Trudeau didn't intend to do a racist act: but does intent matter?

A composite image shows Justin Trudeau in two images where he donned blackface and brownface, and an image of him speaking during a press conference during which time he apologized for his actions.

This week, the country had to navigate challenging but much-needed conversations about racism after several images of Prime Minister Justin Trudeau in black and brownface surfaced.

Many Canadians are left feeling perplexed by the shocking photos and video of the country’s leader, blatantly engaging in the kind of behaviour he’s spent his career campaigning against. And while Trudeau has issued an apology, ascribing his actions to ignorance, it’s forced Canadians to take a closer look at the many facets of racism.

Rima Wilkes is a professor in the department of sociology at the University of British Columbia. She says the difference between intended racism, versus indirect racism through ignorance is comparable to the different degrees of murder charges.

“Whether you intended to kill someone or it was manslaughter doesn’t change the affect,” she tells Yahoo Canada. “Whether you intend (a racist act) to be hurtful or not doesn’t make it any less hurtful. If Trudeau didn’t intend it, it’s still hurtful. He can apologize, but it’s still hurtful. Those feelings will still last.”

Sonia Kang, an associate professor at the University of Toronto’s department of management, has studied the perceived intentionality of racial discrimination. She says Trudeau has shown growth in the language that he uses to confront his embarrassing past.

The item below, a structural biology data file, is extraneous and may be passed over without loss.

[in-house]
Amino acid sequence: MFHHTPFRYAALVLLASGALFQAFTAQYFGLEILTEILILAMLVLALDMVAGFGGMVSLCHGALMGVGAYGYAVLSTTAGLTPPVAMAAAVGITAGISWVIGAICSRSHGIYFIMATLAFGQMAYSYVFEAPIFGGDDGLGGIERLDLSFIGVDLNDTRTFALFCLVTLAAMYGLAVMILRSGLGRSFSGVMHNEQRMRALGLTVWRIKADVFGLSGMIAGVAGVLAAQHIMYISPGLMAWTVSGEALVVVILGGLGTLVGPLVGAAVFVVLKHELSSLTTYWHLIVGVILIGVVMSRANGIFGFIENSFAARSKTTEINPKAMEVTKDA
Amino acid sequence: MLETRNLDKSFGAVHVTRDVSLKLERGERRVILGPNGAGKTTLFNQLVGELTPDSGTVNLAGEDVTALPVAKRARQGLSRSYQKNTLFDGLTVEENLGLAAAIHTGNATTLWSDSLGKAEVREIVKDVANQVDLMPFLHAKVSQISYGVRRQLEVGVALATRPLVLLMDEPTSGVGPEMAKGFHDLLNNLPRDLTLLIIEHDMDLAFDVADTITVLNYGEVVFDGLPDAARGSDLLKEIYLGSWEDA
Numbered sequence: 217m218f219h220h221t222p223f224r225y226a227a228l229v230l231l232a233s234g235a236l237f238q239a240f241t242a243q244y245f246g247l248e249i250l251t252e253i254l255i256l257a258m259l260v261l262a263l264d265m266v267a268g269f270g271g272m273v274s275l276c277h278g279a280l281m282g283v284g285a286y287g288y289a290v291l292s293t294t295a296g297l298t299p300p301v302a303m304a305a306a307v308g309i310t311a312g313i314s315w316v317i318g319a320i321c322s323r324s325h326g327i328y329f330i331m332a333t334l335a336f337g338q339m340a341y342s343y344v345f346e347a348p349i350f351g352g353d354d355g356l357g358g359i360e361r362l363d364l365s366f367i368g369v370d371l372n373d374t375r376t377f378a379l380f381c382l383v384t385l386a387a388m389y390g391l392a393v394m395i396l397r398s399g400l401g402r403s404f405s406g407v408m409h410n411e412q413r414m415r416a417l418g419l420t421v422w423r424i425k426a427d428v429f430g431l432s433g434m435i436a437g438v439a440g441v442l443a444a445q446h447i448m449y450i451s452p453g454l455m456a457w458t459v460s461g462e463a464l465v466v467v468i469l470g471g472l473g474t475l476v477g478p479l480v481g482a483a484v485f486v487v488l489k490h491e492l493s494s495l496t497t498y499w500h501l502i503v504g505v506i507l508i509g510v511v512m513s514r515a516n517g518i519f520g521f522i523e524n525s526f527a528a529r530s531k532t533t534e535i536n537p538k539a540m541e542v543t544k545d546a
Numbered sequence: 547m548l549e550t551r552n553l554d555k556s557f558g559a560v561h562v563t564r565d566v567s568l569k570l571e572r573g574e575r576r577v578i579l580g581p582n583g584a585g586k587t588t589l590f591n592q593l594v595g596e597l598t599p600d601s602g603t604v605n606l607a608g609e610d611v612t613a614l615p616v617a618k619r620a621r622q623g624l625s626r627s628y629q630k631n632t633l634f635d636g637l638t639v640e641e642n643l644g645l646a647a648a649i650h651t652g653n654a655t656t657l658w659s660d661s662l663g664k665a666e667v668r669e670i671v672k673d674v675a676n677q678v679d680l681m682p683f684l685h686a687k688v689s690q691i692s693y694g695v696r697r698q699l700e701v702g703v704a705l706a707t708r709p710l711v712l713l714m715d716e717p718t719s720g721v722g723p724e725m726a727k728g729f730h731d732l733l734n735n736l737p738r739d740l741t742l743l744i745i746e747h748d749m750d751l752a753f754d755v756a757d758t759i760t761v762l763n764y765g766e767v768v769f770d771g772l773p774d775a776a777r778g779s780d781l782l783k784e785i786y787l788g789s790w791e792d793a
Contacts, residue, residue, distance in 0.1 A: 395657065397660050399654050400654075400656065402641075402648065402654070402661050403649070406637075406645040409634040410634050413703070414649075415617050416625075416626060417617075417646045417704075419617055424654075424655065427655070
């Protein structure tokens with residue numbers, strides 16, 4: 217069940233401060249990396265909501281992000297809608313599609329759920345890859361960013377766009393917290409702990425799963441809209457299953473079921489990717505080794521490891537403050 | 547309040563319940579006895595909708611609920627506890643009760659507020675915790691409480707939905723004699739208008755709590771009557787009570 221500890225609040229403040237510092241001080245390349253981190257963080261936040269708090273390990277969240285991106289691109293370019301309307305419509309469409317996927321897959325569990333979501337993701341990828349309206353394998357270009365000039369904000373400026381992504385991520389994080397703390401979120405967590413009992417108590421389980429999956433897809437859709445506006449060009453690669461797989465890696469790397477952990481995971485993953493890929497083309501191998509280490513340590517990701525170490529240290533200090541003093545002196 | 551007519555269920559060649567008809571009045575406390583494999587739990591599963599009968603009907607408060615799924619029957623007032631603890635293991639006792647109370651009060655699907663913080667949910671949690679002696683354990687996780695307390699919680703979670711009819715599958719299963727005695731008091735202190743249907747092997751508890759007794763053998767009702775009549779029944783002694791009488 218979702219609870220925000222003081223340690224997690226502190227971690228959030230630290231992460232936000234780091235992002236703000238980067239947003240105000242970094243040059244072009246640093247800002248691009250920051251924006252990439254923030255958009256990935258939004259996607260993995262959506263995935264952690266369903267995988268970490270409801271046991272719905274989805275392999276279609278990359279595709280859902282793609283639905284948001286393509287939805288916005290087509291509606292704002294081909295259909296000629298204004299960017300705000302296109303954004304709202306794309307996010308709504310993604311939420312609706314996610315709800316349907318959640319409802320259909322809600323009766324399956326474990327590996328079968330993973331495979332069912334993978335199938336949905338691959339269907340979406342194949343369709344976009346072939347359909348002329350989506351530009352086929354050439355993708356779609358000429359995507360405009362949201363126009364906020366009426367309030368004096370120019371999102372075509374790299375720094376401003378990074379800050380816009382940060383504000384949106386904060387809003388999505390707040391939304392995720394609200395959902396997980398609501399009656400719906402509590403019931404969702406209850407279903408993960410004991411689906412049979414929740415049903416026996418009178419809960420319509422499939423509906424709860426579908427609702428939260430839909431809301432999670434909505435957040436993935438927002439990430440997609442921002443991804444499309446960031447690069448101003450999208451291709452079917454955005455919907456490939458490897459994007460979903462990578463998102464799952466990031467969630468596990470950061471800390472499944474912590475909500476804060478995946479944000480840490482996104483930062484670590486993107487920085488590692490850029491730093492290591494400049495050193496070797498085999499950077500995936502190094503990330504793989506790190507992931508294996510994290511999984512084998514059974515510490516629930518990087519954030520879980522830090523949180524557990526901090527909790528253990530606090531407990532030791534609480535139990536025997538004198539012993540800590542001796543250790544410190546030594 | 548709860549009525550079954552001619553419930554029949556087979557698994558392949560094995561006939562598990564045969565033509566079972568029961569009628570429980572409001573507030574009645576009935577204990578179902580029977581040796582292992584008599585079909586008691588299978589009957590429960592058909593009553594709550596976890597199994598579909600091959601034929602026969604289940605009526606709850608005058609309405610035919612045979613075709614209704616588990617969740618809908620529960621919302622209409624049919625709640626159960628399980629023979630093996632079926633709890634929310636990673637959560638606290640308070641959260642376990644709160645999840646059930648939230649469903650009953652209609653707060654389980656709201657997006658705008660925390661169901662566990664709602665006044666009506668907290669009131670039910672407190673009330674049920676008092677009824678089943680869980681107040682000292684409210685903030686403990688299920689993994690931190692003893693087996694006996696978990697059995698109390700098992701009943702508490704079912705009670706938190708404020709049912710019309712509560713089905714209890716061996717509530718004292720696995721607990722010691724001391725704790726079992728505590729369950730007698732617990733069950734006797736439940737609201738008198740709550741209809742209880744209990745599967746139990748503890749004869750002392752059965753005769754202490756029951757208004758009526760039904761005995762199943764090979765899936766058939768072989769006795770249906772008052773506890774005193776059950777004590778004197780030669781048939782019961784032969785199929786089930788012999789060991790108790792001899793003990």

“When this first came out, he was talking about it like ‘oh I wore makeup, I was wearing a costume,’” she says. “Since then, he’s obviously been more informed and understands what this act is and now he’s calling it what it is, which is blackface.”

She adds that the abundance of blackface scandals involving politicians and actors that have surfaced in recent years has helped start a conversation about its historical context and why it’s not acceptable.

“If this came out and it was a picture from June, (Trudeau would) be done,” Kang adds.

Racism isn’t limited to actions as it can also be ingrained in culture, which can also be challenging to change. A good example of that is the Dutch character of Black Peter. He is an eyebrow-raising companion to the Netherland’s version of Santa, who appears in blackface. During Christmas parades in the Netherlands, white people will paint their faces black to resemble the character. This year, organizers are attempting the curb the tradition, by telling revellers to apply makeup as if it were soot, and not black skin.

“Just because something is built into a cultural traditional, doesn’t mean it shouldn’t change,” says Kang. “Once it enters into the public consciousness that this is something people want to change, you’ll see it less and less as generations go forward.”

While the images of Trudeau are hard to process for many, Wilkes warns that completely dismissing someone’s past racist behaviour after they express remorse can be detrimental to society. By “cancelling” an actor or politician who’s apologized for old tweets that are deemed racist, we aren’t allowing them evolve.

“Imagine if your whole life is defined by something you did,” she says. “That’s not a model to move forward and that’s what’s happening with all these politicians. We’re saying ‘if you’ve done this ever, this is who you are and you cannot change’ and I don’t believe that’s true.